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Distracted driving awareness can help reduce risks
In a recent news story out of Denver, police charged a woman with “careless driving causing death” after she hit a cyclist in Douglas County. She told officials she had been distracted by her cell phone ringing. This case of distracted driving illustrates how even a short distraction can lead to tragic consequences on the road.
What Is Distracted Driving?
The National Highway Traffic Safety Administration reports that 3,477 people died as the result of distracted driving in 2015 (the latest data available). An additional 391,000 people sustained injuries from distracted driving incidents.
The NHTSA defines distracted driving this way:
“Distracted driving is any activity that diverts attention from driving, including talking or texting on your phone, eating and drinking, talking to people in your vehicle, fiddling with the stereo, entertainment or navigation system—anything that takes your attention away from the task of safe driving.
Texting is the most alarming distraction. Sending or reading a text takes your eyes off the road for 5 seconds. At 55 mph, that’s like driving the length of an entire football field with your eyes closed.”
In our work, we represent clients who have been injured in a variety of accidents, and many of those clients were involved in distracted driving cases. A quick text, or turning to speak to someone in your car, can result in serious injuries or even death. In the news story above, the driver was distracted long enough to miss seeing a cyclist on the side of the road, and that cyclist paid the ultimate price.
Distracted Driving Awareness
April is Distracted Driving Awareness Month, and the National Safety Council has published a number of resources to help build awareness about this issue. The organization’s #JustDrive campaign through Thunderclap! begins today, April 2, with the goal of generating public support for driving without distractions.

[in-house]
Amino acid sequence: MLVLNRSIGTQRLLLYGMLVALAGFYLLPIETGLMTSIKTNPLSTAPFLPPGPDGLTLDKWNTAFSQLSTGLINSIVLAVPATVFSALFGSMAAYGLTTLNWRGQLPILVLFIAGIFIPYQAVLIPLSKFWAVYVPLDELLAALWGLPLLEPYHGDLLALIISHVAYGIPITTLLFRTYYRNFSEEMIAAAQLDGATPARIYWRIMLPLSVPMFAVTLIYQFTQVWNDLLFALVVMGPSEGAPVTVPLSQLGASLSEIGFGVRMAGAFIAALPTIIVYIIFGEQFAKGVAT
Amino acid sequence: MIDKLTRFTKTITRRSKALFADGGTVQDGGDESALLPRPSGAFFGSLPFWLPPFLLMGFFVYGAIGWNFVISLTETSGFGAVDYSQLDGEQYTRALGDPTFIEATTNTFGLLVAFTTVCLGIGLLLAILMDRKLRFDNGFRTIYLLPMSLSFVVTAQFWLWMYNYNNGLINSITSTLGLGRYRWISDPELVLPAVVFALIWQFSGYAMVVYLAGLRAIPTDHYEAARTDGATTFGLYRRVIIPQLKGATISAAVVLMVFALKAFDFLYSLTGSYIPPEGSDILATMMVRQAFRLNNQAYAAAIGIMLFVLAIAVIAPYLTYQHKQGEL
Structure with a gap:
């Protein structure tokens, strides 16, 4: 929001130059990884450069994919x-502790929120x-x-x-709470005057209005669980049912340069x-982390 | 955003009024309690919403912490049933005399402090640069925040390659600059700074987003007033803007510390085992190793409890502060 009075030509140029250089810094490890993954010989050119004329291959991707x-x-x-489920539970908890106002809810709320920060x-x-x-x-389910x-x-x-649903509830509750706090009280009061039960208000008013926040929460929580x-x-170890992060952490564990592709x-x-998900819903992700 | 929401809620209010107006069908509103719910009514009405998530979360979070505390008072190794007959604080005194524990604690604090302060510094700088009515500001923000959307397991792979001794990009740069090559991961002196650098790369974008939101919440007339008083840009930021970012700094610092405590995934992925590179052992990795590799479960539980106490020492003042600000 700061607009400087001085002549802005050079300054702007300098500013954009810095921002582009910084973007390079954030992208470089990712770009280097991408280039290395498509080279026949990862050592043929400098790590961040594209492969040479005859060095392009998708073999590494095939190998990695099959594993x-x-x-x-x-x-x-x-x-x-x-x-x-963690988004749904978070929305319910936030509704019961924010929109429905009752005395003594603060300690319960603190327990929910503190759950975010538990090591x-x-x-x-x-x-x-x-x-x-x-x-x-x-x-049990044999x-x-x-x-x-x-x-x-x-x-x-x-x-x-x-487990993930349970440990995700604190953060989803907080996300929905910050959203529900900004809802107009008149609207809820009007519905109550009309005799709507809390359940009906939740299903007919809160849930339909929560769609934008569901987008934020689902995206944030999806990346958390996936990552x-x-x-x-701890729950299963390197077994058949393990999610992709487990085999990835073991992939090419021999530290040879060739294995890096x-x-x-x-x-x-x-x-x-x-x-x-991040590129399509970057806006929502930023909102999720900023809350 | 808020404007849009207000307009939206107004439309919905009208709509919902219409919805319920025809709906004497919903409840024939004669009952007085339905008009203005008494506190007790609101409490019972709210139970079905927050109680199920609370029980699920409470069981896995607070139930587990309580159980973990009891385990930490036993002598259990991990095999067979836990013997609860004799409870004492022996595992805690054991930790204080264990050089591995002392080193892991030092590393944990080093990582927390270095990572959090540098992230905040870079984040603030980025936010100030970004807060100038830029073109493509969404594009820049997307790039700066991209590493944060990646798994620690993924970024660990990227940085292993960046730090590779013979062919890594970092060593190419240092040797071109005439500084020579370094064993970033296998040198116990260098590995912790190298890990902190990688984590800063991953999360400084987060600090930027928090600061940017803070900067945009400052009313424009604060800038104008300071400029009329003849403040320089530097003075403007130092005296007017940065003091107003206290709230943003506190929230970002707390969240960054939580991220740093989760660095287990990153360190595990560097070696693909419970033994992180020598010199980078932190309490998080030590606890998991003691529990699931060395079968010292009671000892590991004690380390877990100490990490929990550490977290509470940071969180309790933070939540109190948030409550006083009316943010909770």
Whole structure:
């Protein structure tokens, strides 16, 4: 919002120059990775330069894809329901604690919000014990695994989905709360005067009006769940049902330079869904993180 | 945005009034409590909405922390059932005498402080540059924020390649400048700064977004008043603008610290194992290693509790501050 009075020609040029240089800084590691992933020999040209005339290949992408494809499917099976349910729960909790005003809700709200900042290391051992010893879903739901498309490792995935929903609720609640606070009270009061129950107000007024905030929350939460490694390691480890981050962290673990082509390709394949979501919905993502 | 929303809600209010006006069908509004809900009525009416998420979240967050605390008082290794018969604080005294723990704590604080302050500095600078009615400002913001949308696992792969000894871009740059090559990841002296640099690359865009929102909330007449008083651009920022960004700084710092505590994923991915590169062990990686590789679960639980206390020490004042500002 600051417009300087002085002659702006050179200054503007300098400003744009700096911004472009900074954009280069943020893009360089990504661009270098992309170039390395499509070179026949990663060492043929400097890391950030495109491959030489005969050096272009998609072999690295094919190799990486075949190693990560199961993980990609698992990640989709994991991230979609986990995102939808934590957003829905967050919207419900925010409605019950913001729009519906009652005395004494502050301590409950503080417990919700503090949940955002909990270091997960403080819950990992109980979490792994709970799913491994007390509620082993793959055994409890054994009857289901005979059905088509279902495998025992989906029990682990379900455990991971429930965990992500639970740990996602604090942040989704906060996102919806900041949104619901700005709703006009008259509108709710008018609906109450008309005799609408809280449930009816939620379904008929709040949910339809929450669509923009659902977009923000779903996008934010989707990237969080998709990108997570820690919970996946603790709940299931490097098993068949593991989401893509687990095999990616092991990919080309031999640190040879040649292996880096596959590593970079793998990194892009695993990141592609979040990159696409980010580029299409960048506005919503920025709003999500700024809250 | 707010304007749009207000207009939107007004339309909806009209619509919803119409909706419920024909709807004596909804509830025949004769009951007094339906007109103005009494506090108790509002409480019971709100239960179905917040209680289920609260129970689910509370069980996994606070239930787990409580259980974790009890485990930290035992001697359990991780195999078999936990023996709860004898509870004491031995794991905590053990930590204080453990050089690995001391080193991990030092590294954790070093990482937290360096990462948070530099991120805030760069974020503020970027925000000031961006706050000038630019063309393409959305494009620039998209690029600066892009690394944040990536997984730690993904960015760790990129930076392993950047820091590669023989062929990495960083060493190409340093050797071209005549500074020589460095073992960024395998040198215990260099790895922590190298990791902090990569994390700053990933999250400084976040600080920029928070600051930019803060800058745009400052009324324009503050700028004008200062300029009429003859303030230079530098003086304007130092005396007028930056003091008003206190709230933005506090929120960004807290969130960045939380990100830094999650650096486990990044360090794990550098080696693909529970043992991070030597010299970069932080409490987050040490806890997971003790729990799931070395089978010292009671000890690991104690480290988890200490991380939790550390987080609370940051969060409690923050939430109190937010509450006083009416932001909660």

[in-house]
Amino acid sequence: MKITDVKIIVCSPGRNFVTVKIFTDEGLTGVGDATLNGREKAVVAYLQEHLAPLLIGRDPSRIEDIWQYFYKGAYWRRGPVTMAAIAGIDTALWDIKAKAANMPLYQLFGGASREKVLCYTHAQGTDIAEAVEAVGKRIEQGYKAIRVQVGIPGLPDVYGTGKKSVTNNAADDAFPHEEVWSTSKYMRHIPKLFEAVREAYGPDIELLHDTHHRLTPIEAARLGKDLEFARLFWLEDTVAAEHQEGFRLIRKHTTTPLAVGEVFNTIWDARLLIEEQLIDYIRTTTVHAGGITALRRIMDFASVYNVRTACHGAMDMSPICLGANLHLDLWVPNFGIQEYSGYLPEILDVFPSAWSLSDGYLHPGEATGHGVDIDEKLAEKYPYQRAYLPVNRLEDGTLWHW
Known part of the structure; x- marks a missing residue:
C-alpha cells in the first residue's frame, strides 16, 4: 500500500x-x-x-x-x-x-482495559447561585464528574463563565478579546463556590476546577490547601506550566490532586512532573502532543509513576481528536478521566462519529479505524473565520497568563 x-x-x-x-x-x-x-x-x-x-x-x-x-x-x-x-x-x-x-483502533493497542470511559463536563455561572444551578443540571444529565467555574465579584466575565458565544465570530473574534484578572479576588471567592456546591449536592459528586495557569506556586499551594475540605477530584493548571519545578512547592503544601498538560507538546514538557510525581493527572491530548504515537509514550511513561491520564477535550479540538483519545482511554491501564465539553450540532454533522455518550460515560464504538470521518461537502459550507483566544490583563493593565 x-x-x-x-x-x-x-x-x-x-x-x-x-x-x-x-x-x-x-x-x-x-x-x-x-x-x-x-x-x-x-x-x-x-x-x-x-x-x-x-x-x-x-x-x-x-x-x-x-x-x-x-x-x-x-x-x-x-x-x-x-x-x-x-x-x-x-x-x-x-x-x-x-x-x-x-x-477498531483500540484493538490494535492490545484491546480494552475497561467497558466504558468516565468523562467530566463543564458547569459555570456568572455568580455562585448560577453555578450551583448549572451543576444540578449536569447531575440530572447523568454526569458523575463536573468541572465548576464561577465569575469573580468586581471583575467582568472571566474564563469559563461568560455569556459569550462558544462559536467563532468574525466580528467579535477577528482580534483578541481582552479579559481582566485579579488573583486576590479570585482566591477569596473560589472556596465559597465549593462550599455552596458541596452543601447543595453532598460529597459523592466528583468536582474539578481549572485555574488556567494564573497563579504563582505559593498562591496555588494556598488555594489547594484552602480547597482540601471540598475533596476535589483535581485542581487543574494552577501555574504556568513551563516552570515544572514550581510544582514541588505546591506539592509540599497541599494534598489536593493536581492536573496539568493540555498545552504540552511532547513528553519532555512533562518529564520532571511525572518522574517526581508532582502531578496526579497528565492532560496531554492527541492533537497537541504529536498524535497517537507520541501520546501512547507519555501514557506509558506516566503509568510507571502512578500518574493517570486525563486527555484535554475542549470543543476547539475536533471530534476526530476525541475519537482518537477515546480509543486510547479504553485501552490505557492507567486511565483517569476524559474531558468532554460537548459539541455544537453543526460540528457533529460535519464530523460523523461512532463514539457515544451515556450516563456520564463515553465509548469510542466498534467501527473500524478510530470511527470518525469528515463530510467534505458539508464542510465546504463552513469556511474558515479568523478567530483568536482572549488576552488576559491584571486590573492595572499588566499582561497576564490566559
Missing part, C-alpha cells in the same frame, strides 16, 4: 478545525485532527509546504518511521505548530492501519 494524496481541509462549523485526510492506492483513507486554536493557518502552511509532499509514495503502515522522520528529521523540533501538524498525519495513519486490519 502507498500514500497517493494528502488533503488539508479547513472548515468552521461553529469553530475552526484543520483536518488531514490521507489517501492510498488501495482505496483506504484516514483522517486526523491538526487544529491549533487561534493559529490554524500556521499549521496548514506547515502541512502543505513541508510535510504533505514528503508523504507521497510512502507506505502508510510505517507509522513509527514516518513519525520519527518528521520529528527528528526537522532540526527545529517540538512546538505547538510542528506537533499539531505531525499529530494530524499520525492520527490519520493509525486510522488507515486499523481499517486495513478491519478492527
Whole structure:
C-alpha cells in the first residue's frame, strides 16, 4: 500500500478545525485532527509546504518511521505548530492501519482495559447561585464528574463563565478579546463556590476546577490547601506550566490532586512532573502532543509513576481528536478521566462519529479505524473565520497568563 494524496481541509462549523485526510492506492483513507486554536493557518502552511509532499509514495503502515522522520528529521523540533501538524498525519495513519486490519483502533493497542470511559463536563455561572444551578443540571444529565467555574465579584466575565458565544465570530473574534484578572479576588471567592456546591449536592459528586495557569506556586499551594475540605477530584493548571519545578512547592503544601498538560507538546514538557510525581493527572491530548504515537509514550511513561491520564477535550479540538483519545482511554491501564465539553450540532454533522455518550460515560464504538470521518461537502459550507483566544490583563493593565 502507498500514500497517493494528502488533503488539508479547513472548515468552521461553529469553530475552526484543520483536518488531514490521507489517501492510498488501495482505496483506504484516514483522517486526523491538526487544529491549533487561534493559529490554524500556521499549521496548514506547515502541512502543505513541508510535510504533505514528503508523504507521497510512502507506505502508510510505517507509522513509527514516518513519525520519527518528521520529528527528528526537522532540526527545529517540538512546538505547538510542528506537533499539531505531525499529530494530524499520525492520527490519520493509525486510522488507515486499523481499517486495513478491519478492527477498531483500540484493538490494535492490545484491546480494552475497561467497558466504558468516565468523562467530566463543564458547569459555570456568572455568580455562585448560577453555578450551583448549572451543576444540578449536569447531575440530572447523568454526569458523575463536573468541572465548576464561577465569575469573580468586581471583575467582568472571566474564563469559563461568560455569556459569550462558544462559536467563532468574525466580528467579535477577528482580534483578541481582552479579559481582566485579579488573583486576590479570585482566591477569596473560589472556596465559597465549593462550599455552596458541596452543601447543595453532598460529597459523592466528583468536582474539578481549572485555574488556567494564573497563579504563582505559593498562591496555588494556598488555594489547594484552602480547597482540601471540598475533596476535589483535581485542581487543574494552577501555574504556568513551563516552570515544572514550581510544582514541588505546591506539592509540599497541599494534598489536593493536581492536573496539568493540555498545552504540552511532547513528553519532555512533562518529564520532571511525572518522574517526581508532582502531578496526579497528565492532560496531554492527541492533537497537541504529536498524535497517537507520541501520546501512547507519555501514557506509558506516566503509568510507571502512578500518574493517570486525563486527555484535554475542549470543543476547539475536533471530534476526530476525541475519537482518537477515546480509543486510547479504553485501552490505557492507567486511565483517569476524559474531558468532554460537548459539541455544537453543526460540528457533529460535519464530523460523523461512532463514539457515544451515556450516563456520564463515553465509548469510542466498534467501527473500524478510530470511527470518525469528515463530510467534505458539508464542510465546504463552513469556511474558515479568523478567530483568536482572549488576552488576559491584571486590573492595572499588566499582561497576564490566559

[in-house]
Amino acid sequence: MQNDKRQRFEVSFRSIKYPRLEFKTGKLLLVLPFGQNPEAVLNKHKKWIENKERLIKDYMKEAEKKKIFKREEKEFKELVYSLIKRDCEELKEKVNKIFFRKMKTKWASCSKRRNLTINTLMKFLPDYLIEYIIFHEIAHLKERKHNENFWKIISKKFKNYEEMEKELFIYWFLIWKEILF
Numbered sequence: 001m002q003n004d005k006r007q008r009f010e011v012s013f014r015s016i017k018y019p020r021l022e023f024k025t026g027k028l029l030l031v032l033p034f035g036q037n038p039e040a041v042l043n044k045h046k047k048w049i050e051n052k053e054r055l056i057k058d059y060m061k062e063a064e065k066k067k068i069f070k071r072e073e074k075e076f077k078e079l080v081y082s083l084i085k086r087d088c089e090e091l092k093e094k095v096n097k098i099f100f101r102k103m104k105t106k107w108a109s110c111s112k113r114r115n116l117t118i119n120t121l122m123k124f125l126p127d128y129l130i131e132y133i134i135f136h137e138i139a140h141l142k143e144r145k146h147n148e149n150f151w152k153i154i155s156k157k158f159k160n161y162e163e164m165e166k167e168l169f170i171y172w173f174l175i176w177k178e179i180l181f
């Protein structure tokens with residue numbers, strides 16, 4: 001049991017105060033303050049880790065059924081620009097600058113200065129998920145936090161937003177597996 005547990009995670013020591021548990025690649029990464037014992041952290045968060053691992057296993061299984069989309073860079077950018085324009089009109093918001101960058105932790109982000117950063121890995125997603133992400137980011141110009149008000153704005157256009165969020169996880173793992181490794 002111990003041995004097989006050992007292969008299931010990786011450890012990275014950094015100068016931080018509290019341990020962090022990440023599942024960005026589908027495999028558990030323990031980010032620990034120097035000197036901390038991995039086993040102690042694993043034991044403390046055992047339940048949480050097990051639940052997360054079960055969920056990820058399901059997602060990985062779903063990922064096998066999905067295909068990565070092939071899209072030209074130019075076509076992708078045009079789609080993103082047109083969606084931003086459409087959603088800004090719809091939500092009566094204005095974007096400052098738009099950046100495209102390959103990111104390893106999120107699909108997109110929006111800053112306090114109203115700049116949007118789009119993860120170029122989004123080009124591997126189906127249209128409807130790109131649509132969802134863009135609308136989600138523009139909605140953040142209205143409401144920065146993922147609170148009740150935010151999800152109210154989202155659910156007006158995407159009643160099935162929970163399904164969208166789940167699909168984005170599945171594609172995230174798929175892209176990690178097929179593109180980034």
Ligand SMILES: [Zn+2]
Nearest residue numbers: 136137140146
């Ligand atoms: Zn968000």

The organization’s white paper about the distracted brain highlights some important findings. While many of us know the dangers of texting while driving, because texting requires looking away from the road and typing, but distraction can occur with hands-free devices as well. According to the report:
“Hands-free devices often are seen as a solution to the risks of driver distraction because they help eliminate two obvious risks – visual, looking away from the road and manual, removing your hands off of the steering wheel. However, a third type of distraction can occur when using cell phones while driving – cognitive, taking your mind off the road. Hands-free devices do not eliminate cognitive distraction.”
Learn more about the effects of distracted driving here.
What You Can Do
To make driving safety a priority for you, and your family, take the following steps:
– Commit to stowing your phone while you drive
– Do not take calls while driving, including using hands-free devices
– Tune the radio before you set out and don’t change channels as you drive
– Input map destinations on your GPS prior to leaving, or pull over
– Enjoy your meals and snacks at home or in a restaurant
– Keep conversations with passengers to a minimum
– Talk to your teenagers about the dangers of distracted driving and enforce consequences for texting and driving
If you have been injured in an accident, contact us for a free consultation. We represent personal injury and wrongful death clients in a variety of circumstances.